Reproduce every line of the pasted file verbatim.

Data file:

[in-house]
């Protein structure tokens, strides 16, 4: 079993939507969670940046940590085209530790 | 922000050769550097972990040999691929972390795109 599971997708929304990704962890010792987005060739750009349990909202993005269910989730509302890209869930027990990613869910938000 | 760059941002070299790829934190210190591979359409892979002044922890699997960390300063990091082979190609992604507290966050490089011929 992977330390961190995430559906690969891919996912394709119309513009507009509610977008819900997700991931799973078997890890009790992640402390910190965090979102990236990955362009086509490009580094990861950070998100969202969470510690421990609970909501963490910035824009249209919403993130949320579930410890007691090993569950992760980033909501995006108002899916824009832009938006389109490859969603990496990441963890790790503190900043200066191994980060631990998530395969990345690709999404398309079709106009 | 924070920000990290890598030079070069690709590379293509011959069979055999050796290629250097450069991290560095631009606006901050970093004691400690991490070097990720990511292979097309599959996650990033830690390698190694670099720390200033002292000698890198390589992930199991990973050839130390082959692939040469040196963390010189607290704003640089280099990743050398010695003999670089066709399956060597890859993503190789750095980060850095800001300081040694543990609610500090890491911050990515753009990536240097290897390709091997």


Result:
[in-house]
């Protein structure tokens, strides 16, 4: 079993939507969670940046940590085209530790 | 922000050769550097972990040999691929972390795109 599971997708929304990704962890010792987005060739750009349990909202993005269910989730509302890209869930027990990613869910938000 | 760059941002070299790829934190210190591979359409892979002044922890699997960390300063990091082979190609992604507290966050490089011929 992977330390961190995430559906690969891919996912394709119309513009507009509610977008819900997700991931799973078997890890009790992640402390910190965090979102990236990955362009086509490009580094990861950070998100969202969470510690421990609970909501963490910035824009249209919403993130949320579930410890007691090993569950992760980033909501995006108002899916824009832009938006389109490859969603990496990441963890790790503190900043200066191994980060631990998530395969990345690709999404398309079709106009 | 924070920000990290890598030079070069690709590379293509011959069979055999050796290629250097450069991290560095631009606006901050970093004691400690991490070097990720990511292979097309599959996650990033830690390698190694670099720390200033002292000698890198390589992930199991990973050839130390082959692939040469040196963390010189607290704003640089280099990743050398010695003999670089066709399956060597890859993503190789750095980060850095800001300081040694543990609610500090890491911050990515753009990536240097290897390709091997």